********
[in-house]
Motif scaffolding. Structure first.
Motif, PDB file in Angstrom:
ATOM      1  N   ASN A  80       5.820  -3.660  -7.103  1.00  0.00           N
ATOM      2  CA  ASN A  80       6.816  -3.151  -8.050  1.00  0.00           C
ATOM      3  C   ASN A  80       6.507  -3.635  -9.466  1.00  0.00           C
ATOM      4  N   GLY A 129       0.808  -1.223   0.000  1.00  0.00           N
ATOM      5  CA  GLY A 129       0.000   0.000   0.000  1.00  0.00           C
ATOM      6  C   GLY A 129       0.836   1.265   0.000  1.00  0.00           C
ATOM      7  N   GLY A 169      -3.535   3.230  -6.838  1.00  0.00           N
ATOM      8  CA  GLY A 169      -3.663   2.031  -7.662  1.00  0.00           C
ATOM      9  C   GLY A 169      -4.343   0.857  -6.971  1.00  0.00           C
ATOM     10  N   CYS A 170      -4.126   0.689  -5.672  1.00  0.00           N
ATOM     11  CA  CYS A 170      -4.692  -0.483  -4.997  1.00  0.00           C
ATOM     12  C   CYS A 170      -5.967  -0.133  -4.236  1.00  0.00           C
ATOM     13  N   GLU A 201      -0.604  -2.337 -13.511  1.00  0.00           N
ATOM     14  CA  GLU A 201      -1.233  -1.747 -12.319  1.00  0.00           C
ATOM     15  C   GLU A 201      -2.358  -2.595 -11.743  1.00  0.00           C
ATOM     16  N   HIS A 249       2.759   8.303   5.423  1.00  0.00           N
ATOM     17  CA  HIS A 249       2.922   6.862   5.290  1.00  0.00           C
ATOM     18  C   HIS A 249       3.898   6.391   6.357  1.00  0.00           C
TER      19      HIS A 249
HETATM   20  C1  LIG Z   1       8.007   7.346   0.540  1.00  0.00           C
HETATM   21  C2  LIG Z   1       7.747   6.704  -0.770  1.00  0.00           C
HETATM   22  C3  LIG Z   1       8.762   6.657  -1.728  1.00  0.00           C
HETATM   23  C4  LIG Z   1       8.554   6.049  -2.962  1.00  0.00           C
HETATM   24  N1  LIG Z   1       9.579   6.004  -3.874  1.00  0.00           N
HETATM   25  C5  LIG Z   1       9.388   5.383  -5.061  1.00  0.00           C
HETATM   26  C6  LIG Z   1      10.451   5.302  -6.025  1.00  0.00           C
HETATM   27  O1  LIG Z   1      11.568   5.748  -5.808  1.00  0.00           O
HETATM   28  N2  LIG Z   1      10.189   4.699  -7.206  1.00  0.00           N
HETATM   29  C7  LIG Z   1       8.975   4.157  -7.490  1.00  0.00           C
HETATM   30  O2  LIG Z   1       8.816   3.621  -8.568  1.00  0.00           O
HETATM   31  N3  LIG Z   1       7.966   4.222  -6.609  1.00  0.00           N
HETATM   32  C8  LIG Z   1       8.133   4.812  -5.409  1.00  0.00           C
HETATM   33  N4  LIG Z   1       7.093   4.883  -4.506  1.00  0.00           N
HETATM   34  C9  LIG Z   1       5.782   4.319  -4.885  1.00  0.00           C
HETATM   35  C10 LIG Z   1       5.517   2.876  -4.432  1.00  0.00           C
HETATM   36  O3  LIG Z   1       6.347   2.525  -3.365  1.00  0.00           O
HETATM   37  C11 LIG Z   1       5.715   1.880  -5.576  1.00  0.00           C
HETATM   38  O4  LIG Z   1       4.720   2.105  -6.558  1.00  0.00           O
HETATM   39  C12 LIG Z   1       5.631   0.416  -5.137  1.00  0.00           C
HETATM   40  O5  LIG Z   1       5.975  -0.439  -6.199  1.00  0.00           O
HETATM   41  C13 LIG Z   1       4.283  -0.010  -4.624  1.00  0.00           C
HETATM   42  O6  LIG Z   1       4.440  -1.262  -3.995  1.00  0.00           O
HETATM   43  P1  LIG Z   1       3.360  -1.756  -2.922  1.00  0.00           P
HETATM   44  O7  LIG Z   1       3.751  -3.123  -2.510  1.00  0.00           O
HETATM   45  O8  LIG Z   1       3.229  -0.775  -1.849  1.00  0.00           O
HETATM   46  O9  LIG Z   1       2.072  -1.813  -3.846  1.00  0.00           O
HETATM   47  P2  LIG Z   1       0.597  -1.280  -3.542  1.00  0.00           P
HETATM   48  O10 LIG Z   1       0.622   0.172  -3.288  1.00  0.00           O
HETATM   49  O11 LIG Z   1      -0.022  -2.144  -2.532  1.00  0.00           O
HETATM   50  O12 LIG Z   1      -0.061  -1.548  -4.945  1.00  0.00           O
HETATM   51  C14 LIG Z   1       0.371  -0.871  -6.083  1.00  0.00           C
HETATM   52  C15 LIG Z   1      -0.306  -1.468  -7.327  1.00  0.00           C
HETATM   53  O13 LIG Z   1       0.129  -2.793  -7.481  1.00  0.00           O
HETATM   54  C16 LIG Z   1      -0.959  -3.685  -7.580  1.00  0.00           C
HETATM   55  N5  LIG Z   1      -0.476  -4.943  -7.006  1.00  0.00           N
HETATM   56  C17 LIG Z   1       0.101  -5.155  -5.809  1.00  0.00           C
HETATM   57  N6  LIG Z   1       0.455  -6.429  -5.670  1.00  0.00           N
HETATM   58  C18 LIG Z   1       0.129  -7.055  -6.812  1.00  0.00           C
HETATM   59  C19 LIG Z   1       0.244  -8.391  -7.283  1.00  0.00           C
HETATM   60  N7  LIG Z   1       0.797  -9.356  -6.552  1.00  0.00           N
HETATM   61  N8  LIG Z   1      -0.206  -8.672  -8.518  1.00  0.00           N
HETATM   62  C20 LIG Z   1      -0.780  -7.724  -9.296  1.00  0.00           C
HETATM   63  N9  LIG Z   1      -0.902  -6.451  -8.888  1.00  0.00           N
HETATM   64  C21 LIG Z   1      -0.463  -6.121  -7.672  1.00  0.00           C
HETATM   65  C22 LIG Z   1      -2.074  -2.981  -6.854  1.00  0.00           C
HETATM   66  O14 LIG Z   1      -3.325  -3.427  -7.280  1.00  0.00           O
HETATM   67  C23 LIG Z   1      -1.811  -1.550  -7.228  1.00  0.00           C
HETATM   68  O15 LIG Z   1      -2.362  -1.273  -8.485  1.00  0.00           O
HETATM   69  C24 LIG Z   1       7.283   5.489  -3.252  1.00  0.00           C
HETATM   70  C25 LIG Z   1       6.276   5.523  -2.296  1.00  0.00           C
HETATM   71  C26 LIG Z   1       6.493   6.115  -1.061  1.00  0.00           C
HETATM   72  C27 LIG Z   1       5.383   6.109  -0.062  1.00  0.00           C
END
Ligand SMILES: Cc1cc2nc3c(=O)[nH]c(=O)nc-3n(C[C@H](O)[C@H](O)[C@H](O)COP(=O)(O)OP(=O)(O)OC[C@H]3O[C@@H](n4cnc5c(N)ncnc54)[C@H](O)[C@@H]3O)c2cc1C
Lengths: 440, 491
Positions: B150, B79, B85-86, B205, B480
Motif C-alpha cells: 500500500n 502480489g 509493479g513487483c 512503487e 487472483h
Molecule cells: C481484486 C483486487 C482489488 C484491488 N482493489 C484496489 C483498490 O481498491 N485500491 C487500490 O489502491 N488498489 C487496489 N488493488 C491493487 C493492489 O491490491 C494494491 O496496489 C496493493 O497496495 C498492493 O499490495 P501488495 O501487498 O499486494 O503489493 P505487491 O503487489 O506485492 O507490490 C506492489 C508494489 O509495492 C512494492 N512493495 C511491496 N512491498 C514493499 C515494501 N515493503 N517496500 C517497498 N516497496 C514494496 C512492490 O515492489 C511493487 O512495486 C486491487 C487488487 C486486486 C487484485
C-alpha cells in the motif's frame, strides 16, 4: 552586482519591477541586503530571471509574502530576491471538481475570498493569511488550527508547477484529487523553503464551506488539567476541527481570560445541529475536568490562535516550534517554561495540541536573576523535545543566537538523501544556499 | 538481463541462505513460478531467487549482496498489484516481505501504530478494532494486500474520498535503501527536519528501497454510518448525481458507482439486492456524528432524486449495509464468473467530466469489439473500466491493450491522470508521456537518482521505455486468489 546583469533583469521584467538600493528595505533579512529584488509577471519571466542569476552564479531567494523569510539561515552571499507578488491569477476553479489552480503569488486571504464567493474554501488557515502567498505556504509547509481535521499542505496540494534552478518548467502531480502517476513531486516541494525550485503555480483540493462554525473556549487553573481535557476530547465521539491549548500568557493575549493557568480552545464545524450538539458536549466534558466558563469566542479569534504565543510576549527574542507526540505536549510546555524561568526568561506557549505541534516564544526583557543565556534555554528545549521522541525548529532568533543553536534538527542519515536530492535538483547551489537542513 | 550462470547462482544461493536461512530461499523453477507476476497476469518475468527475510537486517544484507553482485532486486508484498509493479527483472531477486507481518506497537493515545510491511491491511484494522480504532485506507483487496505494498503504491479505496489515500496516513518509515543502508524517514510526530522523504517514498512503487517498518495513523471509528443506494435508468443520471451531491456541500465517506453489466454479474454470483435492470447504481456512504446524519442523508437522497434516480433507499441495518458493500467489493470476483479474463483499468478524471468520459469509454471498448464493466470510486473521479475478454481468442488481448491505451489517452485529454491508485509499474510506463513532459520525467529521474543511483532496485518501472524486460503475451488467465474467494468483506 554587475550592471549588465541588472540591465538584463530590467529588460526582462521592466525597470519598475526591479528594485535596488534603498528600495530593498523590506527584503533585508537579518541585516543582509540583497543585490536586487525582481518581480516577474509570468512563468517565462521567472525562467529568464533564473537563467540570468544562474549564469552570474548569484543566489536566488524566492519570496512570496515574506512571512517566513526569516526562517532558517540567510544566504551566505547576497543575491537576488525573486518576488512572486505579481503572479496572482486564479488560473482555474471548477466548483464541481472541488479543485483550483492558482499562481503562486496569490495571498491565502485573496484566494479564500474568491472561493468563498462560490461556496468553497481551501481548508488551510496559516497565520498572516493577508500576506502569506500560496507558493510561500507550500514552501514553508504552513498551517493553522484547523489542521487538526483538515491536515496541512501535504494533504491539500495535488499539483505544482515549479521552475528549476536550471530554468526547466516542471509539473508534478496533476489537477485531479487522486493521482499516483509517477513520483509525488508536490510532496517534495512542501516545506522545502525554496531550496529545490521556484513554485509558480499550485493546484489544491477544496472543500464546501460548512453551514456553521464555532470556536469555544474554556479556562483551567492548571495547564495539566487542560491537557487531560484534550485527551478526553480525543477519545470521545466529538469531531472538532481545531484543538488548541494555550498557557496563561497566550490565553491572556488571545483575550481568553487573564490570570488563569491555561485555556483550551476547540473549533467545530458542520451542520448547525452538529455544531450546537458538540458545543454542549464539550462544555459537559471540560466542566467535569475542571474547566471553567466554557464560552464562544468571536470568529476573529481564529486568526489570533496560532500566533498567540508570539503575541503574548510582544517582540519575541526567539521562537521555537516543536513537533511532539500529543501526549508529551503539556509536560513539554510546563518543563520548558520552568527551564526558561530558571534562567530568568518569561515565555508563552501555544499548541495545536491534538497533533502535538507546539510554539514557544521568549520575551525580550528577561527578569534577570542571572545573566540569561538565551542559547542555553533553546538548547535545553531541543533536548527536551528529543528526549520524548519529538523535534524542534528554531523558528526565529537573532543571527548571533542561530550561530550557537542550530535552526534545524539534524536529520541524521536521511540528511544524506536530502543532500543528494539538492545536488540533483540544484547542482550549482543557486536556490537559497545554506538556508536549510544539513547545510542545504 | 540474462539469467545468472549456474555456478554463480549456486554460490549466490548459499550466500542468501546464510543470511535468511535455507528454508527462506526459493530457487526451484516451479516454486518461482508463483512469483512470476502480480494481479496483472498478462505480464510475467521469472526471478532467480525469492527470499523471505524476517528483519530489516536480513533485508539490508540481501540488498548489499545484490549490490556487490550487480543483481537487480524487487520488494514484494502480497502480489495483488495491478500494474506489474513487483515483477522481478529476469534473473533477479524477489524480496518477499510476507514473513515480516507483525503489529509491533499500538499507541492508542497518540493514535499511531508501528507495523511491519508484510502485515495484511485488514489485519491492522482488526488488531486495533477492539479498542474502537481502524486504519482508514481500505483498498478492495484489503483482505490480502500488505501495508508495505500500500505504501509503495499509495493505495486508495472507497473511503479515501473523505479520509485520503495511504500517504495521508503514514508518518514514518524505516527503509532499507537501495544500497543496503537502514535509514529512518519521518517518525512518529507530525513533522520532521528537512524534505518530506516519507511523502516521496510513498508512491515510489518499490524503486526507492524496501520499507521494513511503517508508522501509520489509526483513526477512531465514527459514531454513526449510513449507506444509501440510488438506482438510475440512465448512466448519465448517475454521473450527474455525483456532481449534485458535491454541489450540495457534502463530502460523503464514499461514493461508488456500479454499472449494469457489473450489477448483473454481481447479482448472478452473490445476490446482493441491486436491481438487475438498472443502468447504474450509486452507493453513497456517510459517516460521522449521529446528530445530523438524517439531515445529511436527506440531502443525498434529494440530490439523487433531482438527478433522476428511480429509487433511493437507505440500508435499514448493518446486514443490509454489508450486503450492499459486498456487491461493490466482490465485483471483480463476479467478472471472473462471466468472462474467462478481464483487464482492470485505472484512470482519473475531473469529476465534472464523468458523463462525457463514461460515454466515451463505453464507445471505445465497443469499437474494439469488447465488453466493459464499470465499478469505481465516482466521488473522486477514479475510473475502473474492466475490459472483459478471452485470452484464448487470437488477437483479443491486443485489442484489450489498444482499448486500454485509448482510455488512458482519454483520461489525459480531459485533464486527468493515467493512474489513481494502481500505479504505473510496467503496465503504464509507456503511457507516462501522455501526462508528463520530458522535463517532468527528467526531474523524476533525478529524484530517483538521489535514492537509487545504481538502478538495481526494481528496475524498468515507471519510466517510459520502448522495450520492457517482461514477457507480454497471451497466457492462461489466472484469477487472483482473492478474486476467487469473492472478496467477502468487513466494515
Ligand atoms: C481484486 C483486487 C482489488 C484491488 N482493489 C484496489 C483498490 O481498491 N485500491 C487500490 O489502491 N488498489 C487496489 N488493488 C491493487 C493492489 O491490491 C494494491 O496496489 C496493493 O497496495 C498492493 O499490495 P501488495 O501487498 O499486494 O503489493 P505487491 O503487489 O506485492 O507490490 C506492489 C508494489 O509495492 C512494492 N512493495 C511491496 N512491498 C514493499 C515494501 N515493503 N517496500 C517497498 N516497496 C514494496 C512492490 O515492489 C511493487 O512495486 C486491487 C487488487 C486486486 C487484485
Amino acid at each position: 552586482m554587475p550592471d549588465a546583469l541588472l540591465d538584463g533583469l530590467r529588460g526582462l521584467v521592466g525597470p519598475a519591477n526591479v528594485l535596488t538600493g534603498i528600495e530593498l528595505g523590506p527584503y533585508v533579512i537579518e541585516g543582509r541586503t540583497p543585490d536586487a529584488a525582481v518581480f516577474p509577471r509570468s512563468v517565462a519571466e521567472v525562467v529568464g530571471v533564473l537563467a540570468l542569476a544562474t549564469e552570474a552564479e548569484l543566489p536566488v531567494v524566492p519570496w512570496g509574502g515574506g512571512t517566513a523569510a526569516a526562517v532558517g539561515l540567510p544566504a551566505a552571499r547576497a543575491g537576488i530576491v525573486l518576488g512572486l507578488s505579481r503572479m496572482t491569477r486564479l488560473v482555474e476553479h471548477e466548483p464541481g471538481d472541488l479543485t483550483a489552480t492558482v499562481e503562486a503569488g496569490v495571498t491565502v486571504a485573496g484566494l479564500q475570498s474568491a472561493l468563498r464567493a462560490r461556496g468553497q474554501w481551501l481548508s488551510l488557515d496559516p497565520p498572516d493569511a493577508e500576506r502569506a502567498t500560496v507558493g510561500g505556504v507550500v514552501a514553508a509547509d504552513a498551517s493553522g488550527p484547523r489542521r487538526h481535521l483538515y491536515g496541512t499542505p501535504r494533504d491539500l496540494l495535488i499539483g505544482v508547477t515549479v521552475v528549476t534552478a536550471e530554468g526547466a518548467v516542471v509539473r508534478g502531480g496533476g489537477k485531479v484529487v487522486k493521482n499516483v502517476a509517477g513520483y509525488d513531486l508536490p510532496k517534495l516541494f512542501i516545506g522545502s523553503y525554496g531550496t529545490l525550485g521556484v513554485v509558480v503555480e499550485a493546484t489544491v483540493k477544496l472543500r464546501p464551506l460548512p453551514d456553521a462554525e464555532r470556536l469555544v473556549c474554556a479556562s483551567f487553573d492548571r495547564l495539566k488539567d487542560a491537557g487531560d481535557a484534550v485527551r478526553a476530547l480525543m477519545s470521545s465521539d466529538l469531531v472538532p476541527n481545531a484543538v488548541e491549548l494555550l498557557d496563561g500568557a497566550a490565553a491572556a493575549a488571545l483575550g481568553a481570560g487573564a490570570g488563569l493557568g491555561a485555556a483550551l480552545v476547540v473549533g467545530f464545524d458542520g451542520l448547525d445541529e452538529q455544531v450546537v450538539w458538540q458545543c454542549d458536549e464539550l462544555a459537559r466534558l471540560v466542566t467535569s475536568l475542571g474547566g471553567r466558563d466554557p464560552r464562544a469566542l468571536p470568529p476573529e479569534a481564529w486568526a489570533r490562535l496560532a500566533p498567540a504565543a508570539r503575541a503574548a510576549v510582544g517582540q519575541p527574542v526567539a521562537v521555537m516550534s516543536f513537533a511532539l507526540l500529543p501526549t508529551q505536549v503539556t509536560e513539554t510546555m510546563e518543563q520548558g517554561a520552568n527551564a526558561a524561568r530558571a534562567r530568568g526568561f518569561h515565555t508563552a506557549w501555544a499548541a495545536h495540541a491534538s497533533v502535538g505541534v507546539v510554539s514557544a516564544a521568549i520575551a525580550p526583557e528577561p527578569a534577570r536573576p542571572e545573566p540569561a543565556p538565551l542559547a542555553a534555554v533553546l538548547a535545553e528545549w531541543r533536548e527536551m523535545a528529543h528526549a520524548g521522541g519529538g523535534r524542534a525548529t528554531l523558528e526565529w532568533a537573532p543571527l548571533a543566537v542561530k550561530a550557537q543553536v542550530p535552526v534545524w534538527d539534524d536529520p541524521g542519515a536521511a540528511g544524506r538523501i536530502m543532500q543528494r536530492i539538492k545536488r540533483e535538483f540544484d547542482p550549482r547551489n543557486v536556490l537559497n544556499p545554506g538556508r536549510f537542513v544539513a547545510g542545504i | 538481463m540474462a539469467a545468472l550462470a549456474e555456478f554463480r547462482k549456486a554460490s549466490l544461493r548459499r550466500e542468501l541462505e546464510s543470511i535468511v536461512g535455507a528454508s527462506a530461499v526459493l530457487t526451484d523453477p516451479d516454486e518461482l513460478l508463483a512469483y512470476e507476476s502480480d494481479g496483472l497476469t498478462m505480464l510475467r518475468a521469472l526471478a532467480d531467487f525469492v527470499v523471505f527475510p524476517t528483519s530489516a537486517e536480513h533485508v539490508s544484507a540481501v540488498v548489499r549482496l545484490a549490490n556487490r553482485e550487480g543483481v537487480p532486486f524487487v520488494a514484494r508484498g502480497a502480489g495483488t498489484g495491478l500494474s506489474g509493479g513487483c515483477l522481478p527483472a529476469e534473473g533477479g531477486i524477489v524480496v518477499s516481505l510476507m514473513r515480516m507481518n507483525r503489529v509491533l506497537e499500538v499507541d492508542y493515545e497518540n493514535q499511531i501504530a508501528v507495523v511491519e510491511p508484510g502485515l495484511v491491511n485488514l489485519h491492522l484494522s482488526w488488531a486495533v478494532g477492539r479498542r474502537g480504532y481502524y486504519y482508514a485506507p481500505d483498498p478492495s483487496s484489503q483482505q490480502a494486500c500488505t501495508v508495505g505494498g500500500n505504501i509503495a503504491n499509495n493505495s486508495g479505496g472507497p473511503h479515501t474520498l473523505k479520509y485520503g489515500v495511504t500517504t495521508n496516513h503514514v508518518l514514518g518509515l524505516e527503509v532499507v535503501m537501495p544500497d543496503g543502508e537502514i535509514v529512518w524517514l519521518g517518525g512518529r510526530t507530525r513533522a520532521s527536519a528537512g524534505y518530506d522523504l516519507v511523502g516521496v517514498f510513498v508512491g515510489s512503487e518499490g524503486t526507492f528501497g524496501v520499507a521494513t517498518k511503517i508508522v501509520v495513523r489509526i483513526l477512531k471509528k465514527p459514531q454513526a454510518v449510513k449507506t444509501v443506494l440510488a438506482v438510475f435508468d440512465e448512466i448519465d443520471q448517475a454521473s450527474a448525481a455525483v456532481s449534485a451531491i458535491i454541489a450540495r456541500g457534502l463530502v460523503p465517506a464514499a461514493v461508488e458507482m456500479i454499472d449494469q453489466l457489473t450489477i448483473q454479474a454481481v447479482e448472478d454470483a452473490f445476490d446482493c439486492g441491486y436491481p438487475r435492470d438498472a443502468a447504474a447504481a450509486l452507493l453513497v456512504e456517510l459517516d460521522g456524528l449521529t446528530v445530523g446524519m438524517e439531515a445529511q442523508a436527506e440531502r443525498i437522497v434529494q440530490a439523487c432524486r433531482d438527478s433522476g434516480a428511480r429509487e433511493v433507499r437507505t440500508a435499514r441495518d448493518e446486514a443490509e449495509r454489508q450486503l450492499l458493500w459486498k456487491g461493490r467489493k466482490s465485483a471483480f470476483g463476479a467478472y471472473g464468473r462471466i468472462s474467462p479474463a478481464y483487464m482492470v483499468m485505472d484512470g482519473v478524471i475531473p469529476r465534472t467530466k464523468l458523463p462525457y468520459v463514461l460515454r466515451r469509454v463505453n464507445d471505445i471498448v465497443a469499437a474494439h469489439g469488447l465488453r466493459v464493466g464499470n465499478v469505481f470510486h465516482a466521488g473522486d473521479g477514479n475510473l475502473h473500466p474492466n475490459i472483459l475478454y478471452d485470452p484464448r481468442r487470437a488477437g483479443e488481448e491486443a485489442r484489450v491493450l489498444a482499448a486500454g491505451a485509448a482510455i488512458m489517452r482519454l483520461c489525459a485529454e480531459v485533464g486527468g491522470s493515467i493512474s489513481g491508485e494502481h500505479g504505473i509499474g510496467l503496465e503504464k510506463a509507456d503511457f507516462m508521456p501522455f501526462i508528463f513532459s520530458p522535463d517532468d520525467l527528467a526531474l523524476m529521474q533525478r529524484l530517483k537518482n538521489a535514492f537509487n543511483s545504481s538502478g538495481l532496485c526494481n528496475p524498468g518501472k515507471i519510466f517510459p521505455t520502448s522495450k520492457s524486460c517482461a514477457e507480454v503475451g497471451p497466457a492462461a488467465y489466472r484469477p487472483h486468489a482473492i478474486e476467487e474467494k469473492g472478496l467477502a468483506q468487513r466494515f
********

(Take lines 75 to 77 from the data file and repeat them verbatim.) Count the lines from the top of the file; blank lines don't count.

HETATM   72  C27 LIG Z   1       5.383   6.109  -0.062  1.00  0.00           C
END
Ligand SMILES: Cc1cc2nc3c(=O)[nH]c(=O)nc-3n(C[C@H](O)[C@H](O)[C@H](O)COP(=O)(O)OP(=O)(O)OC[C@H]3O[C@@H](n4cnc5c(N)ncnc54)[C@H](O)[C@@H]3O)c2cc1C